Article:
The larvae are particularly evident in autumn when they wander in search of food and
hibernation sites. Carpet beetles thrive in situations where they remain undisturbed, for
example beneath carpets, around skirting boards and in wardrobes. Bird and rodent nests,
animal remains and dead insects are frequently reservoirs of infestations.

SIGNIFICANCE




Larval forms can cause considerable damage to keratin-containing products such as wool,
fur, leather, silk and dried animal remains. Occasionally, food products of plant origin, such
as cereals and fibres, will also be attacked. Damage takes the form of clean, irregular holes
and in textiles these generally occur around seams. There is no webbing or excrement
present and by the time larvae are observed, considerable damage has often been done.
Because of the large number of larval moults, when cast larval skins are seen they tend to
exaggerate the extent of the infestation.
Carpet beetles are of limited significance as a health hazard, although they are potential
vectors of anthrax. In certain situations the larval hairs cause skin irritation to those exposed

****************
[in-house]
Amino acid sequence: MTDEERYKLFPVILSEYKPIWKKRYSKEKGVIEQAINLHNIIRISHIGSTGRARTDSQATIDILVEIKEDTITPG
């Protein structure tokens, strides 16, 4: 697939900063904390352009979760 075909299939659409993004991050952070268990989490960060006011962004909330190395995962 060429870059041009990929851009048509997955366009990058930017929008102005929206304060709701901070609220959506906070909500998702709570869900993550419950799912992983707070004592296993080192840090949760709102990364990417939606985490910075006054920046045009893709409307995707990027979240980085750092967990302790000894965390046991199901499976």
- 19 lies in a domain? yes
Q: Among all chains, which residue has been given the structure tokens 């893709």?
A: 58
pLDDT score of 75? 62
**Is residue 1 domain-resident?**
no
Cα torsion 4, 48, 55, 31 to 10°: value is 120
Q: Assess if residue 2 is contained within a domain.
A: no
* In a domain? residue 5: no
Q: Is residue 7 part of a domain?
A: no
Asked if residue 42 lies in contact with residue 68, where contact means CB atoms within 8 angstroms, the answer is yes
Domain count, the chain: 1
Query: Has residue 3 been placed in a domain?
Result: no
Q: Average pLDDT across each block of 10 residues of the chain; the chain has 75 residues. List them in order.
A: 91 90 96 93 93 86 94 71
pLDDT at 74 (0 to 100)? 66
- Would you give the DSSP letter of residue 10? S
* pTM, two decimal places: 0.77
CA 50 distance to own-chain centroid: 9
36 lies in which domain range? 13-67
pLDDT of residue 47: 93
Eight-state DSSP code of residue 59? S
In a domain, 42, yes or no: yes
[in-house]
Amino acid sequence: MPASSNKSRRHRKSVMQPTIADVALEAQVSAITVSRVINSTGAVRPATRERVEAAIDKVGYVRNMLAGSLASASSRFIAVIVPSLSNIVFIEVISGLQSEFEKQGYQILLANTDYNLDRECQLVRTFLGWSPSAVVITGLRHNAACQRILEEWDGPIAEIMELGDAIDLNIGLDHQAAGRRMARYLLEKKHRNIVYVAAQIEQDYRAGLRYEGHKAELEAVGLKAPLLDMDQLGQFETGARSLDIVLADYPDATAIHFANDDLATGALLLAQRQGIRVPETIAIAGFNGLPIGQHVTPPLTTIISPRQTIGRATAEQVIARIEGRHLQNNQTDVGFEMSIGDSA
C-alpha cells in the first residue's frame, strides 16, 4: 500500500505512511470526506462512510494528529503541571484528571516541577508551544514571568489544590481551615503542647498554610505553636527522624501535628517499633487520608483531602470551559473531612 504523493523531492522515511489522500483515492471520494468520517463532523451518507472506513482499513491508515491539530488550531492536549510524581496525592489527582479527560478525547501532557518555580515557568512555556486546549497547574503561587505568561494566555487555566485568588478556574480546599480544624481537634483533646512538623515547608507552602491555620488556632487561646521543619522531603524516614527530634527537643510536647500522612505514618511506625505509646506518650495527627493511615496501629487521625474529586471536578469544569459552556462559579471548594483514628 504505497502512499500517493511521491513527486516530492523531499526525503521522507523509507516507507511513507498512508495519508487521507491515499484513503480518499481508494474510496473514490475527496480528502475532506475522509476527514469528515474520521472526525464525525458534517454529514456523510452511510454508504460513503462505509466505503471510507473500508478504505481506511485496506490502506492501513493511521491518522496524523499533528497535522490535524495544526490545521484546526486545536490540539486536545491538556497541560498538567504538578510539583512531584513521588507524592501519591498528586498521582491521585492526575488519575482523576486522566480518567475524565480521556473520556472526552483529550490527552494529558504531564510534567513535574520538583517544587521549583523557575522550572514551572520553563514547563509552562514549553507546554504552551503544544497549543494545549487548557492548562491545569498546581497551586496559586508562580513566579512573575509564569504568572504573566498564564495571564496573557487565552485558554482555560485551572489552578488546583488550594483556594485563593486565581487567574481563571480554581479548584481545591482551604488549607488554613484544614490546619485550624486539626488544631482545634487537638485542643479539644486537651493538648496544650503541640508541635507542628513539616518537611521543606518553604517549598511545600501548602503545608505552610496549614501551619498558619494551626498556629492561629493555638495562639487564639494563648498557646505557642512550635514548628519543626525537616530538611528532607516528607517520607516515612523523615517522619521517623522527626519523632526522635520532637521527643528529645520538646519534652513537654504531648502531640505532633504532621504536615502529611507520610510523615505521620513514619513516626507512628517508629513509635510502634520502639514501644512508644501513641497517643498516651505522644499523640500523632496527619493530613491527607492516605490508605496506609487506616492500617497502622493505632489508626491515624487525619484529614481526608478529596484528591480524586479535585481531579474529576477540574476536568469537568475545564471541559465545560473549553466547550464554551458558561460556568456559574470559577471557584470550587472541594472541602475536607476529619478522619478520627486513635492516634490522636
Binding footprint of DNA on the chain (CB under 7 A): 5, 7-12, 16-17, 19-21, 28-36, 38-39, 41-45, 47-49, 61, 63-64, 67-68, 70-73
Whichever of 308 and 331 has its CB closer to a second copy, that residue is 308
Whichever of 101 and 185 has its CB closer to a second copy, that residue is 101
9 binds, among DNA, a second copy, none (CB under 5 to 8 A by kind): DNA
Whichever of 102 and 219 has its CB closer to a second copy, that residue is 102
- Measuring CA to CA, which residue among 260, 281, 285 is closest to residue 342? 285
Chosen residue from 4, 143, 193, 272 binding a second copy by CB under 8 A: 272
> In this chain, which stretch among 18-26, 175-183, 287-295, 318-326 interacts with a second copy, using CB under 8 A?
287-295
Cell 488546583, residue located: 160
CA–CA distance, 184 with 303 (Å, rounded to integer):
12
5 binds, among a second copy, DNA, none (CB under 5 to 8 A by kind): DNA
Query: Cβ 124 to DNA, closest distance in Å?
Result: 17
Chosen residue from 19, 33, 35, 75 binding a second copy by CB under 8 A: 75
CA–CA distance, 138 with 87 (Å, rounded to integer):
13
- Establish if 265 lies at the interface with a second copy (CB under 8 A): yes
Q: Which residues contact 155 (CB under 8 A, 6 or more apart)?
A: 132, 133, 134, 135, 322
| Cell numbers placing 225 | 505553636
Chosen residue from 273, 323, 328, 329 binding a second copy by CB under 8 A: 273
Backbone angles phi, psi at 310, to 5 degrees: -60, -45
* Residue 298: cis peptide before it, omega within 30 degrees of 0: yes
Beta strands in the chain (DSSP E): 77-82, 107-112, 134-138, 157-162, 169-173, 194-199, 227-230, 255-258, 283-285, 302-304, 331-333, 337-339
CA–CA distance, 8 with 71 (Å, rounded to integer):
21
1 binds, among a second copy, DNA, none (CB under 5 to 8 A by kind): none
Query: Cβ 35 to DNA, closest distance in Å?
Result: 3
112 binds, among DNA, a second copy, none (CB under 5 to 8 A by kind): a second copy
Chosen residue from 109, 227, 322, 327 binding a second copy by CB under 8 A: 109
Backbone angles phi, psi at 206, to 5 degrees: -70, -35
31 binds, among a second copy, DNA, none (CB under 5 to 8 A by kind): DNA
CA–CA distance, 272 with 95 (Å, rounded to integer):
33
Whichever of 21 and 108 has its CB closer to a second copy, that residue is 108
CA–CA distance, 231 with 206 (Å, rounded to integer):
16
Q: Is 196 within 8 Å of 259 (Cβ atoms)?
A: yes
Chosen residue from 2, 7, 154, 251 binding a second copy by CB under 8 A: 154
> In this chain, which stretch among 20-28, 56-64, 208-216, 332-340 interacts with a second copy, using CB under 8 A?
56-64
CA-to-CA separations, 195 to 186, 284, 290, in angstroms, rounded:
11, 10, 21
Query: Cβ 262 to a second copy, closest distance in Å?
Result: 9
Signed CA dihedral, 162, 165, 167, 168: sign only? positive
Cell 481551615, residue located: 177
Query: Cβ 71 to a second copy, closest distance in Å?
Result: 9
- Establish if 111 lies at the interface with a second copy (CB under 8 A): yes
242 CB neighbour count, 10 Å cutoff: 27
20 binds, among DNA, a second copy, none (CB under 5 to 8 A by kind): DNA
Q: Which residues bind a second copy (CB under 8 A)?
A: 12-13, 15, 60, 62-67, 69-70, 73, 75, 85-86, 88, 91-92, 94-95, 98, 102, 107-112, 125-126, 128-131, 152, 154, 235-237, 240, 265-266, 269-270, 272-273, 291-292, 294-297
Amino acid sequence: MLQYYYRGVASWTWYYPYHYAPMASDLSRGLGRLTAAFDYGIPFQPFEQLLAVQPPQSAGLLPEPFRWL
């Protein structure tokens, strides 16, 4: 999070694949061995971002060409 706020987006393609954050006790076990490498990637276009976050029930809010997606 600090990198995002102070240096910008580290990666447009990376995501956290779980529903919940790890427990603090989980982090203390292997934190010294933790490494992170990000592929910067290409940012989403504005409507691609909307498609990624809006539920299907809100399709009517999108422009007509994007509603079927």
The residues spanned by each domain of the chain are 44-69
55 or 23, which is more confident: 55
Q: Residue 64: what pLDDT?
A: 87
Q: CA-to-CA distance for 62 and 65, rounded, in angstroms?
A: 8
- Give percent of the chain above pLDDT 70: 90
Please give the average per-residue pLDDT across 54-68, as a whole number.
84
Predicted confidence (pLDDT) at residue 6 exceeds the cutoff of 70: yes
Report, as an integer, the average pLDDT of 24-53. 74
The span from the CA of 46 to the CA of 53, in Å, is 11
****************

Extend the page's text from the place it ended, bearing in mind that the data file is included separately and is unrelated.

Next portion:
to large numbers of the insects.

LIFE-CYCLES OF THE TWO MOST COMMON SPECIES

VARIED CARPET BEETLE
Mating occurs immediately after emergence. The females produce 20 - 100 cream- coloured
eggs which are 0.5mm long, and have spine-like projections at one end. Over a period of 2
weeks these are deposited in suitable crevices, or stuck on to a potential larval feeding site by
sticky secretions. In 2-4 weeks these eggs hatch to give the characteristic hairy, squat "woolly
bears". When mature, these are 4-5mm long, brown in colour and possess 3 bunches of
golden hairs arranged in pairs on the posterior abdominal segments. The short legs are 5-
segmented and well developed, with a single claw on the terminal segment. The larvae avoid